Densho Digital Archive
Densho Visual History Collection
Title: Joe Yamakido Interview
Narrator: Joe Yamakido
Interviewer: Alice Ito
Location: Klamath Falls, Oregon
Date: July 4, 2004
Densho ID: denshovh-yjoe_2-01-0005

<Begin Segment 5>

AI: So what did you do to get ready to, to leave? Did, your family didn't own any property then, did they?

JY: No. We left everything on the farm. See, he was renting the farm, but he didn't, but he owned all the plows and everything, all the furniture, all the equipment. Farm you got to have hammers, saws, and everything. He put it in the, in one of the big rooms we had, put everything in there. And then went to camp, but when we came back, it was all gone. Yeah.

AI: Well, so when, when you actually left, was that about April of 1942?

JY: Yeah.

AI: And so, where did you first go?

JY: Santa Anita.

AI: And what was the condition there? What was your living condition?

JY: Oh, lousy. See, some people had to go into the barns, horse barn, and some people, they made barracks on top of the parking lot. That was okay, but the barn, they just put... what do you call the oil? What do you call that?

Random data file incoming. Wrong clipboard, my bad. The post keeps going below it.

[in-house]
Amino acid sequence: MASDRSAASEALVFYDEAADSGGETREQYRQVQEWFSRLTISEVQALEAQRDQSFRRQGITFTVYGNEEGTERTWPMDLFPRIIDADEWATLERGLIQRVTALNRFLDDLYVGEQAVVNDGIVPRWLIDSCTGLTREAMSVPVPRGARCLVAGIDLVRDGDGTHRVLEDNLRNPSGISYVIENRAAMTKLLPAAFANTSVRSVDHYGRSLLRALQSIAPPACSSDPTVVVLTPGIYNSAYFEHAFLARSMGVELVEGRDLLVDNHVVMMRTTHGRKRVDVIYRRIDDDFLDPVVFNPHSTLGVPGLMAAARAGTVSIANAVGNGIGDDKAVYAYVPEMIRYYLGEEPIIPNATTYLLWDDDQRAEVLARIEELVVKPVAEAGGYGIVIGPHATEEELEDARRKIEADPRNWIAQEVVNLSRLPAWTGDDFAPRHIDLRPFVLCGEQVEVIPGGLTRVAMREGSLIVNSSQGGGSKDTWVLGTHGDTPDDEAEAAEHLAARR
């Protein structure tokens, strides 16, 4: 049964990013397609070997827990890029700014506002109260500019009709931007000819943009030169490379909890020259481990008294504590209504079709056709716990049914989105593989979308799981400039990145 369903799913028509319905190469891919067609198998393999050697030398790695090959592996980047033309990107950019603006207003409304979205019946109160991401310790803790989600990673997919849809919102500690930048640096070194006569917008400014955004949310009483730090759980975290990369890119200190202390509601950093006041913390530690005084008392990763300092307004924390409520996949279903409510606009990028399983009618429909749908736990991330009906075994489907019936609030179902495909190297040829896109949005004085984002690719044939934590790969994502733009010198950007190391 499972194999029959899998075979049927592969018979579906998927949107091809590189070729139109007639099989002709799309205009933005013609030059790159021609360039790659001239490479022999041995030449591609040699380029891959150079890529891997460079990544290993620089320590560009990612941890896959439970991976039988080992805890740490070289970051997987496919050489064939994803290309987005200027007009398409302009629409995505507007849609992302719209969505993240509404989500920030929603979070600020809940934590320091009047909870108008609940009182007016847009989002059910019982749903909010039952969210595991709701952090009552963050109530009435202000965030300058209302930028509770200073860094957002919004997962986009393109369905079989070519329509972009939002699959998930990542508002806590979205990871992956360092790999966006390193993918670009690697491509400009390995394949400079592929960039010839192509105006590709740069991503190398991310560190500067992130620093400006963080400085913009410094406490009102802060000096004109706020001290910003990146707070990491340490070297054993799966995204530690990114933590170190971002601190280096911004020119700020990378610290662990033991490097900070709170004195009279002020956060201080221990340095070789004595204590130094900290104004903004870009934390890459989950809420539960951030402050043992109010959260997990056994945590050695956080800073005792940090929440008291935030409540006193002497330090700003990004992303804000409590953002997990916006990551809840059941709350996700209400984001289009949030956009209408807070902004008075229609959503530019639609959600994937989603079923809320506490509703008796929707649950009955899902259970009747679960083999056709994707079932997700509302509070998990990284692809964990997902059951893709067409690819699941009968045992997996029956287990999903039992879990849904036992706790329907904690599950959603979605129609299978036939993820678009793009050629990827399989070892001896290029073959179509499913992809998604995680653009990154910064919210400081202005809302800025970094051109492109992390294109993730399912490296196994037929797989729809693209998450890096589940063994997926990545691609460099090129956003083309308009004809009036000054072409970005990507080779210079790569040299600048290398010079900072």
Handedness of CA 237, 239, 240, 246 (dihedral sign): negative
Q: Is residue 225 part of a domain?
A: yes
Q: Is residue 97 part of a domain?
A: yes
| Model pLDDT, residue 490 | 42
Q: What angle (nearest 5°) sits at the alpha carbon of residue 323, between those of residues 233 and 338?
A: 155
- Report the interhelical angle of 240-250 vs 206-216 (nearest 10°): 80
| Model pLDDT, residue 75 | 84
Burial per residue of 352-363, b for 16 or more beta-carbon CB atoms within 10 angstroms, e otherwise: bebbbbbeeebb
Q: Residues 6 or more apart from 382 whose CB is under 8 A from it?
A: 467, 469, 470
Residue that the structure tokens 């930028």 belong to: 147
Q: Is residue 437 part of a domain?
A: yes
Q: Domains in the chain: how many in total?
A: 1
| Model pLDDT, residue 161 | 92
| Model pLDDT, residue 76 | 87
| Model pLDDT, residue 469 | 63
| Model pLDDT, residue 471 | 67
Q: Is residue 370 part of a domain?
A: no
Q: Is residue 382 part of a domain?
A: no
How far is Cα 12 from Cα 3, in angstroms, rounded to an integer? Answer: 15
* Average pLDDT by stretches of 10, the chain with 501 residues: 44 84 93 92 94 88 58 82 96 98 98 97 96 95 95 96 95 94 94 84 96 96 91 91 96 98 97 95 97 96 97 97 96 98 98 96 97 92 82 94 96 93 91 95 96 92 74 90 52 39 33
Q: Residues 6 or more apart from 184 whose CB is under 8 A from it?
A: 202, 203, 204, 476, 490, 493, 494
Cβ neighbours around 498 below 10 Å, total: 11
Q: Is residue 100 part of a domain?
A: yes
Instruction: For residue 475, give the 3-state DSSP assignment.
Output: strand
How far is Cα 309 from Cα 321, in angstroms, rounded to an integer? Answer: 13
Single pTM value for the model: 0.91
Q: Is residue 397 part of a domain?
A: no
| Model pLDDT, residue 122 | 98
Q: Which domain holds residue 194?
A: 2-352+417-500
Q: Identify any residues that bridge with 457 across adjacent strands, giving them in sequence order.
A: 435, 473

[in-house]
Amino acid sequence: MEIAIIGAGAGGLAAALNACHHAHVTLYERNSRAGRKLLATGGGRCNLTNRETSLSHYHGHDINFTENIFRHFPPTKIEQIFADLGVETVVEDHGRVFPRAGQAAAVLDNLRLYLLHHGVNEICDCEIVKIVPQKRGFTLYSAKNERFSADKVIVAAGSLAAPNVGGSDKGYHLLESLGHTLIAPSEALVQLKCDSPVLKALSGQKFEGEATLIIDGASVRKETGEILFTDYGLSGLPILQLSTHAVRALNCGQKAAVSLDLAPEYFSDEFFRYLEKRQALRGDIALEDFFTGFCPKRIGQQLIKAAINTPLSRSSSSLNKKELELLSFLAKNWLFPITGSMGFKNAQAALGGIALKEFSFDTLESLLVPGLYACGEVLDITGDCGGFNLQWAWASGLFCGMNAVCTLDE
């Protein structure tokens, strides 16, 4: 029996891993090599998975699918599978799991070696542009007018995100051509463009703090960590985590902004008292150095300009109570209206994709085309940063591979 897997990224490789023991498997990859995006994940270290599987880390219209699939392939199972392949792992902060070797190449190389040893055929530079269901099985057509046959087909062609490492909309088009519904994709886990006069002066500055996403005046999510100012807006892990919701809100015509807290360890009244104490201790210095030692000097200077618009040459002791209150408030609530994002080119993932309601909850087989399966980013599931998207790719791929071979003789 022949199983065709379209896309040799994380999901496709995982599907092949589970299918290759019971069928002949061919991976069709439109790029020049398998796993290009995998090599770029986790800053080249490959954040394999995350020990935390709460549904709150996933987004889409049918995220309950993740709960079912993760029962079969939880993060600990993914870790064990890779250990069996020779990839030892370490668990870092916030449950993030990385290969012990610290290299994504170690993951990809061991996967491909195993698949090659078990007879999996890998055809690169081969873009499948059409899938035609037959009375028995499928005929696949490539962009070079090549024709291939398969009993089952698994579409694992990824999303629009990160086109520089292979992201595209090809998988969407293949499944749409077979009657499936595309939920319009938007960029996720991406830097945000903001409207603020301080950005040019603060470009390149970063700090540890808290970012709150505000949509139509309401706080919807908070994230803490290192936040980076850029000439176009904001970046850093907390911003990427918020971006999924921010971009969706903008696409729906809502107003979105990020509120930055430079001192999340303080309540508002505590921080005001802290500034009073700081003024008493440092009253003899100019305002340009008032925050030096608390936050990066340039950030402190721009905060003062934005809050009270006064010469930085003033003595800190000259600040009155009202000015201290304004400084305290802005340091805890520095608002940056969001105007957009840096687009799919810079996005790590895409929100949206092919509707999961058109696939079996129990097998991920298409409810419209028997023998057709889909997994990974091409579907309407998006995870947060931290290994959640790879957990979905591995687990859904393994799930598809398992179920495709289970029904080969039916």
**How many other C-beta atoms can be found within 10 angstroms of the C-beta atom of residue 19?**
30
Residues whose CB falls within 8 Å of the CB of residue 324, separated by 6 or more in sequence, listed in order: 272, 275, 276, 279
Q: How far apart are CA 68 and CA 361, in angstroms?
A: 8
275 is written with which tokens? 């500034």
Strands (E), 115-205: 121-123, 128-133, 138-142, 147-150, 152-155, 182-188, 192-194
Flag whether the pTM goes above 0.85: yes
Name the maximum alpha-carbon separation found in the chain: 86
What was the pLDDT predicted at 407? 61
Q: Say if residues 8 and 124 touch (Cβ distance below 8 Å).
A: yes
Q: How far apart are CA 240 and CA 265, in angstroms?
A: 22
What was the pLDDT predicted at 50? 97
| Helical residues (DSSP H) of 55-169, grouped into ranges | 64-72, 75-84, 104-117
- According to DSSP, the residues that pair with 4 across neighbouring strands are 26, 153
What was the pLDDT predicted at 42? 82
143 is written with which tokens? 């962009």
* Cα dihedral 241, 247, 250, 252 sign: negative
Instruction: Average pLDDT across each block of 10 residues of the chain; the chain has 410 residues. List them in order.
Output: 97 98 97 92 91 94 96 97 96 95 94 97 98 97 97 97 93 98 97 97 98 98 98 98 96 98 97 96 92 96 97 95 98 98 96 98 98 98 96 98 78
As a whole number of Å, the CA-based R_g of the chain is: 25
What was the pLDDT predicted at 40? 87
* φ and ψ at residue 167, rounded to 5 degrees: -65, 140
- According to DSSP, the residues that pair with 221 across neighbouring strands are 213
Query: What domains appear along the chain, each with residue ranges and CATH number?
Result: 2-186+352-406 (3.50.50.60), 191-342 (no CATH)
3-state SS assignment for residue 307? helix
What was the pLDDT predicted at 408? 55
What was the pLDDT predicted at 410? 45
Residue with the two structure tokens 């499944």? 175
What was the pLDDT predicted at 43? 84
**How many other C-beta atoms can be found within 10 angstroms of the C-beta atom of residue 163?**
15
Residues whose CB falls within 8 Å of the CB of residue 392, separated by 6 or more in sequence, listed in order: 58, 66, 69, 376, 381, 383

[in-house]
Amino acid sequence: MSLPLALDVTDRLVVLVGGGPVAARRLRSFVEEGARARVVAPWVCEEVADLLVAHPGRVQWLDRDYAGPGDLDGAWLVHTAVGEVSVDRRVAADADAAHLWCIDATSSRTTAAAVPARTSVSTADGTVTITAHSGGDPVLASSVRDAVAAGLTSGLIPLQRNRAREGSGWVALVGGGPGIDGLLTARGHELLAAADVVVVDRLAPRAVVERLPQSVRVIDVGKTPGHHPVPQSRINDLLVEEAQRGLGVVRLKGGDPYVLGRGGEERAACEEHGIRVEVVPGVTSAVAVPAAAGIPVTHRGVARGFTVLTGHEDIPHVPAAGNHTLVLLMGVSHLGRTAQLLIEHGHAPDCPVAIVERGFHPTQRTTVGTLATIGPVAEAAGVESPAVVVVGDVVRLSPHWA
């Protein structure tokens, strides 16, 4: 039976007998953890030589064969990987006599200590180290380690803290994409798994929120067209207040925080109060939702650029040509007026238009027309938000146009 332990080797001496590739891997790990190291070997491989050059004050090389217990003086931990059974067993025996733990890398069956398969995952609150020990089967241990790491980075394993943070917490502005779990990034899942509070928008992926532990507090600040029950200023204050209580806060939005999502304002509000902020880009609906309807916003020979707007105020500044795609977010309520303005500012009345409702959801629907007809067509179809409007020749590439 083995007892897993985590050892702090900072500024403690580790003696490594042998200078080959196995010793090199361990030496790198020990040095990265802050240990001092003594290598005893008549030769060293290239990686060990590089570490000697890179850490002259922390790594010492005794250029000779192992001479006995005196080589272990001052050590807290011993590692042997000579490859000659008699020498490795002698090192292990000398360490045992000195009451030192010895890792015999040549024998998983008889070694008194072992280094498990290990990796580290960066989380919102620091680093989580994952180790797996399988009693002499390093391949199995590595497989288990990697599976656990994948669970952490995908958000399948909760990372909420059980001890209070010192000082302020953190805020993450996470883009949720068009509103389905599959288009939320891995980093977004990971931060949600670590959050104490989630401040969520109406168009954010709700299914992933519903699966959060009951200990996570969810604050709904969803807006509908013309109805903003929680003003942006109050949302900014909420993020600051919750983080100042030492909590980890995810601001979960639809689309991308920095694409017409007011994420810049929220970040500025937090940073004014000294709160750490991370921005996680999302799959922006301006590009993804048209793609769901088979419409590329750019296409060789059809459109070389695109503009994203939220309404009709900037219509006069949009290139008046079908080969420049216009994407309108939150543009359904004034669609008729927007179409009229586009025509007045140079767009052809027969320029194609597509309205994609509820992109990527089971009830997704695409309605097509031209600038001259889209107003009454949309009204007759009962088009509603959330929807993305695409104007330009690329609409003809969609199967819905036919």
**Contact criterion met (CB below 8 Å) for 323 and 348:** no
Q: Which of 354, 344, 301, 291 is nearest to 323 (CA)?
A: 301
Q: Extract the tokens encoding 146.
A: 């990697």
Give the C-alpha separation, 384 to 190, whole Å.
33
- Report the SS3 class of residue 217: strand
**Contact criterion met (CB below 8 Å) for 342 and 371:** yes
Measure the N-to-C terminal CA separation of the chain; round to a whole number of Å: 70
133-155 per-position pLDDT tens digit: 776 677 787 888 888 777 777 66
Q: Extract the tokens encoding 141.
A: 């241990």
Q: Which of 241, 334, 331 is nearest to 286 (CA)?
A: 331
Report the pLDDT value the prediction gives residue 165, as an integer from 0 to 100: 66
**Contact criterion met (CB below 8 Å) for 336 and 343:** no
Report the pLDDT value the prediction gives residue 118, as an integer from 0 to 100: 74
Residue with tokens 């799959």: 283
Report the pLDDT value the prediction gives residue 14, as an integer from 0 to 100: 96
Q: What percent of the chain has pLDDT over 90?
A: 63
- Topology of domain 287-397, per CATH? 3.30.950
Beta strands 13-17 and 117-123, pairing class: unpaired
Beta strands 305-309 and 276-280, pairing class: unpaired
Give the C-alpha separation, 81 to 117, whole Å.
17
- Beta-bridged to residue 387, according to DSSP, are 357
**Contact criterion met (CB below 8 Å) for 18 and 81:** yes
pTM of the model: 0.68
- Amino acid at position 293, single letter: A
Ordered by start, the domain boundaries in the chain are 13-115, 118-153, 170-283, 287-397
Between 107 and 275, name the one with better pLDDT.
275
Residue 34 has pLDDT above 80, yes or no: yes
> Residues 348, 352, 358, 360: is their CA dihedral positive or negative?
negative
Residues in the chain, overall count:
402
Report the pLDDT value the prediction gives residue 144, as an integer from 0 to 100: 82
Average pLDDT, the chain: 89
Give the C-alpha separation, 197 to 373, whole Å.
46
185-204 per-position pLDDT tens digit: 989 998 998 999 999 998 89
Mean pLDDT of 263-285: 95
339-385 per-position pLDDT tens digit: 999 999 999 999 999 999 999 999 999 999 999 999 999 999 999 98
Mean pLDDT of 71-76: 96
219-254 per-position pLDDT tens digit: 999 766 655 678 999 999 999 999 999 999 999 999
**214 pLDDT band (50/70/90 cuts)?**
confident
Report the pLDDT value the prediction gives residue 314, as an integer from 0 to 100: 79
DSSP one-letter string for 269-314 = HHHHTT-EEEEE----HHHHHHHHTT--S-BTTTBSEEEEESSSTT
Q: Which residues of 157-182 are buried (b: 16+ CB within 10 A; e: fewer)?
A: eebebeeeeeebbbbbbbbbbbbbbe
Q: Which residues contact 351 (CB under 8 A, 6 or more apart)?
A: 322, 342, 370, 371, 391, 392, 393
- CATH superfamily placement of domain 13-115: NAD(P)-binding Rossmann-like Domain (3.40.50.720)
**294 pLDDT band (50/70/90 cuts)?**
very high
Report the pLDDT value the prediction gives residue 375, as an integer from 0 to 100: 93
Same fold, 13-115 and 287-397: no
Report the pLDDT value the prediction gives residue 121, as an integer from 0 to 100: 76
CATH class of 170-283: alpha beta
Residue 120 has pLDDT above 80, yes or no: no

AI: Tar?

JY: No, oil. Hard oil. Hardtop or something, they call it, over, over the manure. So the, the whatchamacallit, the bed you, the bed leg would go through, and the manure smell come up. A lot of people got sick.

AI: Was your family all together there?

JY: Yeah. Eight of us in one small, small place. [Laughs] Jesus, I felt sorry for my parents, you know. What the hell? No sex, no privacy. Jesus. My dad was still in his fifties, I think. Yeah.

AI: It sounds terrible.

JY: I know it.

AI: Well, so what did you do while you were there at Santa Anita? Did you have work or...

JY: Oh, yeah. you get all kind of work. I worked as a trashman. See, there's people working in, what do you call it... kitchen, cook, and all that. Trashman, people who cleaned the street, you clean, some people clean, keep the laundry room and toilet clean, and they had people making camouflage nets for the army.

AI: Did you do any of that? The nets?

JY: No, I worked as a trashman. No, because I met some of my L.A. boys, city boys, and they showed me how to do weightlifting. So I got strong enough to carry those big cans to work in the trashcan, dumping. It's a big trashcan. Tin trashcan is heavy.

<End Segment 5> - Copyright © 2004 Densho. All Rights Reserved.